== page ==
Row over National Assembly Television Gives Glimpse of Battles to Come

Hugo Pérez Hernáiz

Following the announcement of the first election results on December 6,  Venezolana de Televisión (VTV) broadcast live from the MUD’s headquarters to hear declarations by opposition deputy-elect Henry Ramos Allup. Asked by a reporter about the agenda of the new National Assembly, Ramos Allup answered: “one of the first things we will do is to open the doors of the Assembly to journalists.”

The National Assembly has been turned by Diosdado Cabello into a close pigpen (chiquero) where only that disgrace (vergüenza) that is the National Assembly channel (ANTV) is allowed to broadcast. This is going to change because we will change the channel so that all deputies are respected, even those of the minority.

VTV cut short Ramos Allup’s declarations and returned its coverage to the studio were participants spent the next half hour venting their indignation at the newly elected deputy’s declarations.

One of the participants said that “the right” had only won the elections minutes before but was already “threatening to fire all the workers of ANTV.” Another said that he himself had been a worker of ANTV before coming to VTV, and made Ramos Allup responsible for any threat made on his life in the coming days. Yet another compared Ramos Allup’s attitude to the respect that the government had always shown to opposition deputies and asked “the right to stay out of the spaces that belong to the Revolution.”

In later declarations Ramos Allup reiterated. “The ANTV will cease to be a channel covering only one group of deputies or for one party: the constitutional principle of true and timely information will be respected from now on.”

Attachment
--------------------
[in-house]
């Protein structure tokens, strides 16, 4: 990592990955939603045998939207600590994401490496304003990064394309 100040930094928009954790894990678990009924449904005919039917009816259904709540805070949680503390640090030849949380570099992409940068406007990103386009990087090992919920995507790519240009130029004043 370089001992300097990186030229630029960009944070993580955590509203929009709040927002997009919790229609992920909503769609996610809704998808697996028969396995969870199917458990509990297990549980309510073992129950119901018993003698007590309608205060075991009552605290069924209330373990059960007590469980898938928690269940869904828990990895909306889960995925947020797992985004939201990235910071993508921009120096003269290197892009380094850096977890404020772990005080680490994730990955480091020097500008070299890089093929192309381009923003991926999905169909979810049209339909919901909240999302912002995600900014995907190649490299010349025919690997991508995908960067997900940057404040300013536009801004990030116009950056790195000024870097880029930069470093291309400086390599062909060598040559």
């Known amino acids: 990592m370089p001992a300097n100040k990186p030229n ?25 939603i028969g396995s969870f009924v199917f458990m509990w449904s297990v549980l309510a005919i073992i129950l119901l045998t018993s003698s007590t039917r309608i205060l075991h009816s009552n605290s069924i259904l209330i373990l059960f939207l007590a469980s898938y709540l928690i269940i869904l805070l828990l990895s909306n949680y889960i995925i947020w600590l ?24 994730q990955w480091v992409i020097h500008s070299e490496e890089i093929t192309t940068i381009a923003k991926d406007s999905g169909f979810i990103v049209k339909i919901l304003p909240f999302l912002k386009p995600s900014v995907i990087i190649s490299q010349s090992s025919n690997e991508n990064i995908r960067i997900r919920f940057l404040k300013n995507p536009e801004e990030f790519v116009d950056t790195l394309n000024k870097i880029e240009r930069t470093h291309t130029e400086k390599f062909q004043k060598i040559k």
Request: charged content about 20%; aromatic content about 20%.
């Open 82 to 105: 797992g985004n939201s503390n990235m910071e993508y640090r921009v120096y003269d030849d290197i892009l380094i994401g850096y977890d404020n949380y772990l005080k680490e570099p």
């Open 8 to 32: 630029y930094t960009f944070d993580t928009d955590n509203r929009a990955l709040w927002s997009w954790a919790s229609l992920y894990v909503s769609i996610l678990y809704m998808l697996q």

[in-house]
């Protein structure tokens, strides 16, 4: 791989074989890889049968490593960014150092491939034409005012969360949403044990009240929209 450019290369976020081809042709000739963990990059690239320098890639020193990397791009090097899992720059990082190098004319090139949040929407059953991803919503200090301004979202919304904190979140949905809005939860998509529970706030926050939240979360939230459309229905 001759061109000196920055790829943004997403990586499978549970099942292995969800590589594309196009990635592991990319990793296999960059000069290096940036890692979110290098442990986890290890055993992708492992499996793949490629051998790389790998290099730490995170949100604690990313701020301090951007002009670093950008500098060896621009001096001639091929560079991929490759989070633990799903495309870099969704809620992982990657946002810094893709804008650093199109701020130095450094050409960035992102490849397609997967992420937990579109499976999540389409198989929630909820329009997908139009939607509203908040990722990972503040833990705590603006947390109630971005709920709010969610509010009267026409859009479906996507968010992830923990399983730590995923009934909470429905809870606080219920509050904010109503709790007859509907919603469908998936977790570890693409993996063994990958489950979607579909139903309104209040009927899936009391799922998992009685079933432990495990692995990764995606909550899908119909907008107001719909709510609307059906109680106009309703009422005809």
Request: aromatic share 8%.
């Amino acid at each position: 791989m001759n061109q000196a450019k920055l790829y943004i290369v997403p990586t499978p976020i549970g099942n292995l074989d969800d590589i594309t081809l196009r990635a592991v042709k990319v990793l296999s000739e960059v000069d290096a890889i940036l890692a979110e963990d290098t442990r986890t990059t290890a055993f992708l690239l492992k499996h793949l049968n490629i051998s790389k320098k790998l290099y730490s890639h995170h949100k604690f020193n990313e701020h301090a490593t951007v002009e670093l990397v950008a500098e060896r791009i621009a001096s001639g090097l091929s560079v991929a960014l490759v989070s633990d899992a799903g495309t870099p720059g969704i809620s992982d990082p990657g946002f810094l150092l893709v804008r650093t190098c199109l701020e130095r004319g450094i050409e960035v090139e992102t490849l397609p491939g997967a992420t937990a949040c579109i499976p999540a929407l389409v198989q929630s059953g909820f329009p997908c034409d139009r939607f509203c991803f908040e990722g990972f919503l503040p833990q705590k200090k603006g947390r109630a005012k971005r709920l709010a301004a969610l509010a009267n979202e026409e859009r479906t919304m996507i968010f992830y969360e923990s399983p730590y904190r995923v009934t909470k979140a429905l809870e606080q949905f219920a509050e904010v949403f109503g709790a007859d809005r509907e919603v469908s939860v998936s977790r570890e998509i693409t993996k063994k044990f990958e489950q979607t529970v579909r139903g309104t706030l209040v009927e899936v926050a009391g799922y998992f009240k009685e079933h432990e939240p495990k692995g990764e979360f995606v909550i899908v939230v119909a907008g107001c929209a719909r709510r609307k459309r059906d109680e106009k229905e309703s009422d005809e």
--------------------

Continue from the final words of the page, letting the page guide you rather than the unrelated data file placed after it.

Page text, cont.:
Assamblea Nacional Televisión (ANTV) is a non-profit organization funded by the National Assembly. It began broadcasting in February 2005. In its stated mission ANTV says the channel aims to “strengthen legislative culture by orienting the people so that they can take over the Legislative Power as a fundamental component of the State.” As its first objective stated on its webpage ANTV says it will “strengthen the Bolivarian and Revolutionary process.”

Up to 2009 private media was still allowed to enter the chamber with television cameras. But in 2009 Globovision showed images of a PSUV deputy apparently watching pornography on his laptop. The deputy said he was checking private e-mail and denounced Globovision for impinging on his privacy. Subsequently the directorate of the Assembly banned journalists from filming the sessions.

In 2010 the Assembly approved a new set of rules for its internal functioning by which only ANTV, with the support of the public Venezolana de Televisón, would be allowed to broadcast live from the chamber. The rules also stated that journalists not from ANTV could watch the ANTV broadcast of the debates in a separate room. The rules effectively bared private media from covering the debate of the Assembly.

Opposition critics have long asserted that ANTV simply functions as one more pro-government channel in the network of state-media. Indeed while the channel regularly shows the interventions of the pro-government deputies live, it rarely does so for opposition deputies.

The web page of ANTV shows the same partisan bias found in other public channels: Chavista symbols cover the page and news articles follow the government’s discursive line: for example the front article reporting the election results has not been updated and says that the opposition has reached 99 elected deputies, meaning it only controls a simple majority. The article is entitled “Get to know the attributions the bourgeoisie will have in the National Assembly.”

The government reacted strongly to Ramos Allup’s declarations. Current AN President Diosdado Cabello announced that an agreement has been reached with the media regulating government agency (CONATEL) to give the workers of ANTV and AN Radio the control of the channels. “The opposition has attacked and insulted the workers of ANTV, they have even fired some of them already,” said Cabello.

The next day the Chavista controlled current Assembly approved the proposal putting ANTV under direct control of its workers. The proposal, according to the Agencia Venezolana de Noticias, “was made by a group of workers of ANTV, seeking to protect the labor force form the threats made by elected deputy Henry Ramos Allup.”